An explanation of what constitutes the passive voice is too technical to fully cover—not that I would try anyway—but here is an example:
Passive: Passive writing is something to be avoided.
Active: Avoid passive writing.
Notice that the active version is both clearer and more concise. This is key.
If you, like me, have trouble spotting passive phrases when we prove our work, the good news is Word does a reasonably good job of finding them.
My early writing was consistently passive. I never knew this, however, until I turned on Word’s grammar checker. It irritated me on almost every sentence by proclaiming it as passive. After Word assaulted me for a couple of days, I resolved the problem by turning off the option to check for passive writing.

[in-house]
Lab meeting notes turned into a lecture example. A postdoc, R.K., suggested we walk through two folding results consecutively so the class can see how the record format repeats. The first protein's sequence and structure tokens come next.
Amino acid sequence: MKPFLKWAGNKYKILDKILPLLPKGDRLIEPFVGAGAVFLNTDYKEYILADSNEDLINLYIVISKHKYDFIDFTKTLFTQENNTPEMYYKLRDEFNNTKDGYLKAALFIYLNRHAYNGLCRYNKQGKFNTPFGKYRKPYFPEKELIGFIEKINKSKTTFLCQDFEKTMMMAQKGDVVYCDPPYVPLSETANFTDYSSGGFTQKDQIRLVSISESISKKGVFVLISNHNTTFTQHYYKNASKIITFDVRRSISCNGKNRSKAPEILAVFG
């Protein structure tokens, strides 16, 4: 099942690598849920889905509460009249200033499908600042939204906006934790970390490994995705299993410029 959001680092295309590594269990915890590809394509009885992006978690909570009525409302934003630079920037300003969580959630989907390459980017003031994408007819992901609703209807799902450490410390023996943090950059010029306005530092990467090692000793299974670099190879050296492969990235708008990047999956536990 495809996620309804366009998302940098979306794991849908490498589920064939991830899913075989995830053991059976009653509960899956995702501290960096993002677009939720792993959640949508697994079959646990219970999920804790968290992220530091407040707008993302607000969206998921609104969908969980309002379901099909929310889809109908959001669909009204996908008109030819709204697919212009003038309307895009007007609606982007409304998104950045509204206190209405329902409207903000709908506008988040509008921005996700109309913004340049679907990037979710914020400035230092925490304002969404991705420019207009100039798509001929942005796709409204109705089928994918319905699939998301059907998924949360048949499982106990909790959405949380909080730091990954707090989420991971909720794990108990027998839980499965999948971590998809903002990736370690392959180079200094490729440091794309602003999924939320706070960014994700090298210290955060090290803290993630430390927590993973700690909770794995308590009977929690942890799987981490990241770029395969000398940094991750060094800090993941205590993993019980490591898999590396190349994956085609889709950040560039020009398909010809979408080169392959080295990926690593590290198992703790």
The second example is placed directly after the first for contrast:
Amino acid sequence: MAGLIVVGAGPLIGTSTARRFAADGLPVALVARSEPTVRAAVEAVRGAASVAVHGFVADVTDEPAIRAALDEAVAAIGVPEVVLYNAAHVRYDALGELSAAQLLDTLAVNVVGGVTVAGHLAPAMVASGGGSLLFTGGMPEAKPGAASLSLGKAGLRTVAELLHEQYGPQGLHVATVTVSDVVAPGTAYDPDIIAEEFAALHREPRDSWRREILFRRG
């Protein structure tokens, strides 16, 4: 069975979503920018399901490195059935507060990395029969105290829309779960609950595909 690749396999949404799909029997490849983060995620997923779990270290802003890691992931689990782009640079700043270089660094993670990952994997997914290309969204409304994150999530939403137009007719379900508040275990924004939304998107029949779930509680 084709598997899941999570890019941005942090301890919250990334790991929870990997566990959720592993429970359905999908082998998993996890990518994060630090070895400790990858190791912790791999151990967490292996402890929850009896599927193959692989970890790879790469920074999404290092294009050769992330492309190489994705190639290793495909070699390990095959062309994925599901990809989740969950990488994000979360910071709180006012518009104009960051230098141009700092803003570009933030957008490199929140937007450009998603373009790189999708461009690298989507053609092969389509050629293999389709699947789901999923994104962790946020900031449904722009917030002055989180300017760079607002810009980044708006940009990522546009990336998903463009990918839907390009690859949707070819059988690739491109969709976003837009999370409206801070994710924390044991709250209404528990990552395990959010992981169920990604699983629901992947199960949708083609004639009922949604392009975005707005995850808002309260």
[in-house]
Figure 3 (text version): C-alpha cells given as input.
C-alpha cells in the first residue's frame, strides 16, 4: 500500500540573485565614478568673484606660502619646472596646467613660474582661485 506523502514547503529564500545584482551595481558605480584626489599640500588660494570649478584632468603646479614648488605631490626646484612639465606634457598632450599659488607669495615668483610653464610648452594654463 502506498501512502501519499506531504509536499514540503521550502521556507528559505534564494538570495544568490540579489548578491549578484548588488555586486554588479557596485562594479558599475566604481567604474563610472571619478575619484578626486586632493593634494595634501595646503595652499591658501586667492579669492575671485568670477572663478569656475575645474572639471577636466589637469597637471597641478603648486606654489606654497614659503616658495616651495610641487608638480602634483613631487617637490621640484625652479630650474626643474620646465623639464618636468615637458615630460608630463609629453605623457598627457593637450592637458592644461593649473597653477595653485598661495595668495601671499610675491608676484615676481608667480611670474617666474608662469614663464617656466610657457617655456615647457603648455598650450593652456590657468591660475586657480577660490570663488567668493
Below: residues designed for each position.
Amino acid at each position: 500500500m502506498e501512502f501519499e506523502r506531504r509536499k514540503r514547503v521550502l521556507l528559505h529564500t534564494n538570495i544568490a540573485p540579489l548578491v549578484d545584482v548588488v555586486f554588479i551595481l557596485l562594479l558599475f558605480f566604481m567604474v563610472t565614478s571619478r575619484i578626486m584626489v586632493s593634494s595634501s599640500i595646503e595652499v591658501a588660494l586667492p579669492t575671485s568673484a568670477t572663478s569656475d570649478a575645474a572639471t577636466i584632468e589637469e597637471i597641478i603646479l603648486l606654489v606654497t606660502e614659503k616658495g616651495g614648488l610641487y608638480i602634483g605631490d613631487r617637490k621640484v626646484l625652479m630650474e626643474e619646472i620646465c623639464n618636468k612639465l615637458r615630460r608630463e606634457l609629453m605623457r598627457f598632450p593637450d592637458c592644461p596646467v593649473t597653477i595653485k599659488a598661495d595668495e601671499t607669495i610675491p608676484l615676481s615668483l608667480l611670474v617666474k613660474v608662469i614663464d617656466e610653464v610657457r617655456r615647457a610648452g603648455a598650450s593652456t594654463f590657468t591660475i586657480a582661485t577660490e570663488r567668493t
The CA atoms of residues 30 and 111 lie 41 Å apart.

I resigned myself to accept that my writing style was passive, and I tried to shove the issue out of my mind. So I wrote for a couple of decades. When I became serious about improving my writing, I turned the option back on. Yikes!
At first, I corrected everything Word flagged as passive. Sometimes this was easy, and the edited version was better, both clearer and more concise, as in the above example. Other times, the reworked section became more verbose, clunky, or lost clarity. I felt the edits didn’t make my writing better but worse—because it was.
Now, I’ve settled into a middle ground. If I can make the sentence cleaner and clearer by removing the passive voice, I gladly do so. However, if removing the passive voice obscures meaning or increases the word count, I’m content to retain the passive construct. This was hard for me to accept: Sometimes we need to keep a passive phrase if we want to clearly communicate.
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Peter Lyle DeHaan, PhD, is an author, blogger, and publisher with over 30 years of writing and publishing experience. Check out his book The Successful Author for insider tips and insights.